White House advisor Kellyanne Conway issued a statement on November 6 which at first hearing may seem less than clear. It came in the midst of a broader statement addressing the Trump Administration’s upcoming plans to ban flavored e-cigarettes. Curiously, Conway appeared to draw a distinction between e-cigarettes and vapor products:
“This is a burgeoning health crisis; the difference is between kids and adults. So HHS and FDA have jurisdiction over cigarettes and e-cigarettes under the Tobacco Control Act. They do not have jurisdiction over vaping and vape shops, for example. So, if we’re talking about e-cigarettes, the president, yes, he’s been discussing this with his team and he will, or HHS, will make an announcement soon.” (Emphasis added.)
It’s unclear if Ms. Conway was making a deliberate distinction between, for example, closed system devices (such as JUUL and RJReynolds’ Vuse line of e-cigarettes) and open system vapor products, or simply drawing her own personal and errant distinction based on a less than thorough knowledge of vapor products.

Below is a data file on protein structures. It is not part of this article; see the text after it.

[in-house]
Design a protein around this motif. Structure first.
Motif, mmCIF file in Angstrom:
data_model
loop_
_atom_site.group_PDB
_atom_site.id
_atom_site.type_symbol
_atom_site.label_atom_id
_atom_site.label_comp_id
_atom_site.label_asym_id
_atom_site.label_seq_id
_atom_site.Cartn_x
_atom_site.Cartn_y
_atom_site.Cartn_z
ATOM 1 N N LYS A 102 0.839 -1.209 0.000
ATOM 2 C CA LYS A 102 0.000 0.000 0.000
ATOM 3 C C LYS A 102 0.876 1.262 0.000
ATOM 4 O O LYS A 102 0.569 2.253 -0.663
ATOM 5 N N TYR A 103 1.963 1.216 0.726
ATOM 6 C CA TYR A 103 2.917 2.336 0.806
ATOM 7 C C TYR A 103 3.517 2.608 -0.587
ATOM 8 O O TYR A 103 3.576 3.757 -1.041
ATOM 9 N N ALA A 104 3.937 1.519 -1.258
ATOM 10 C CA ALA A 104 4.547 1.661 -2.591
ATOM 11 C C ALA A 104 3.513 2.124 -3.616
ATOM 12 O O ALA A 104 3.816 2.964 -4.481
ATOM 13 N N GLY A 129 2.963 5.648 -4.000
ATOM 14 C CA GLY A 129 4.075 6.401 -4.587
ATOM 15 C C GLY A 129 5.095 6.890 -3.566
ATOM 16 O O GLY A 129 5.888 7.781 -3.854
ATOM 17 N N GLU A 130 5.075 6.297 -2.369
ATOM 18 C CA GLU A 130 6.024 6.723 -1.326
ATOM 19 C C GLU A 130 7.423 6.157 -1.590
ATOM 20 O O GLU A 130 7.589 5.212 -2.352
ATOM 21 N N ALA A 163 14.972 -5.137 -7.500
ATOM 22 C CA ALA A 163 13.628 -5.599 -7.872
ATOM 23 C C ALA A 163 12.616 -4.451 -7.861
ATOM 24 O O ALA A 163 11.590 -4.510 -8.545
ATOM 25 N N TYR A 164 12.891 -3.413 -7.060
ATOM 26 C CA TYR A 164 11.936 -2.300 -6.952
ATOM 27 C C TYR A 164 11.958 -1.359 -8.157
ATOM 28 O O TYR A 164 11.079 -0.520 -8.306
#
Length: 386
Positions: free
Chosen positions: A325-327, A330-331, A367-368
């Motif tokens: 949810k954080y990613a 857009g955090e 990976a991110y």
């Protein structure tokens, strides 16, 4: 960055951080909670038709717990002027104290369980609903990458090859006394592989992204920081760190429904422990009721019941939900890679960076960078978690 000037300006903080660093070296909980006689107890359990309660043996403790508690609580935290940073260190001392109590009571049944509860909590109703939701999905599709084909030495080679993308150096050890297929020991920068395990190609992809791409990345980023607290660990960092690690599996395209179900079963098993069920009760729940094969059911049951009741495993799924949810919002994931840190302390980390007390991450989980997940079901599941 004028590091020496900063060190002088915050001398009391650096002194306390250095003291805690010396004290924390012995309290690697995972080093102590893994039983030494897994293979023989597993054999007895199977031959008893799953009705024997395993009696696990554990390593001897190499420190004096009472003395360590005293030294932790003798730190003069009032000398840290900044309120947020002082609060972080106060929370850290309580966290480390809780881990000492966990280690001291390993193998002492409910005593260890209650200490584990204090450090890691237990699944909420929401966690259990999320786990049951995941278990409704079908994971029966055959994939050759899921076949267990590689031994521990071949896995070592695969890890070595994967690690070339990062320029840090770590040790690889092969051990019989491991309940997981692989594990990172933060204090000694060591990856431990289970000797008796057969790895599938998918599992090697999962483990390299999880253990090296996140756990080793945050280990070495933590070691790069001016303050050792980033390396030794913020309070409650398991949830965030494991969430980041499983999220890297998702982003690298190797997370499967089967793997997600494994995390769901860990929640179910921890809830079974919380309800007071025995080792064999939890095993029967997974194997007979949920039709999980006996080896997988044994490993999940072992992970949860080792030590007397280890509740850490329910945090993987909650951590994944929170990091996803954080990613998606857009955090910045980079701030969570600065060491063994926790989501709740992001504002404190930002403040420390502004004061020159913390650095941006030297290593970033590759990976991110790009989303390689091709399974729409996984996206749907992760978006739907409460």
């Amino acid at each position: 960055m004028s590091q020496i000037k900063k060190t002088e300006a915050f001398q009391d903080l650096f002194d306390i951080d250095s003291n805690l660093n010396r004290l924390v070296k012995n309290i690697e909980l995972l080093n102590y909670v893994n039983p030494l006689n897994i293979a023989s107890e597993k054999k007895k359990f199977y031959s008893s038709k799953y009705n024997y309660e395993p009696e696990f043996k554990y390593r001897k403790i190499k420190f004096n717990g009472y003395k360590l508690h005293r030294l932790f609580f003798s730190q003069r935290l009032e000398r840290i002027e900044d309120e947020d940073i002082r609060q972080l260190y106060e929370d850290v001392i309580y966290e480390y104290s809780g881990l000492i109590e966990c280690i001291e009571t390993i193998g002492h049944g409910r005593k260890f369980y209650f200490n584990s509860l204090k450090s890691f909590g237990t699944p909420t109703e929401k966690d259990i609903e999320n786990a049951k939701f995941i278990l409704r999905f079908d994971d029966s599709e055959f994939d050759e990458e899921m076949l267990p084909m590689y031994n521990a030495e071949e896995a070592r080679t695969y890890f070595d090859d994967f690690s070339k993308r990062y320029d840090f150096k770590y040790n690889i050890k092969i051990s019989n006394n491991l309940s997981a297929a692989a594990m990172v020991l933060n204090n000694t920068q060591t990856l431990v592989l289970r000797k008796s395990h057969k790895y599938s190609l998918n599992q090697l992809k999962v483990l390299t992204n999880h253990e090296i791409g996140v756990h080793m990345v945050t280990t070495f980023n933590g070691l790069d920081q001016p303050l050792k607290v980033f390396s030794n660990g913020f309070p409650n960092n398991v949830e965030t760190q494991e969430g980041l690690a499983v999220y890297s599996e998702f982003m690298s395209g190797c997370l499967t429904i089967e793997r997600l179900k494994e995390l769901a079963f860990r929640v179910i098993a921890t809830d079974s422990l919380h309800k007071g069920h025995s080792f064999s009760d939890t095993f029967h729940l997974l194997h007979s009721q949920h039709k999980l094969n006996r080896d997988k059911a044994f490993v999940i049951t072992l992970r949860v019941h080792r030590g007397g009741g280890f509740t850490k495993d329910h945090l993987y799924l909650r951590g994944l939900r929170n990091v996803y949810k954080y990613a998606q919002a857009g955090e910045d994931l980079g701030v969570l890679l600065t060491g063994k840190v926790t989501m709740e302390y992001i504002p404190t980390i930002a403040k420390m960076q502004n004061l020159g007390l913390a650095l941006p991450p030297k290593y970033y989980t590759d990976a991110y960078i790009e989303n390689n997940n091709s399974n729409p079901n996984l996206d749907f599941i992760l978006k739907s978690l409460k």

The FDA offered no comment on Ms. Conway’s remarks, according to reporting from Bloomberg.
Americans for Tax Reform’s Director of Strategic Initiatives Paul Blair, however, responded in a phone interview by saying:
“My hope is that this is an acknowledgement that vape shops should continue to exist and sell reduced-risk nicotine products to adult smokers. If there is an exemption for vape shops, I think the administration has acknowledged the political and policy importance of preserving vaping for adults.”
If this is the case, it is indeed a far more responsible reply than a ban which would effectively drive tens of thousands of Americans out of work and an unguessable number either back to smoking or to the black market.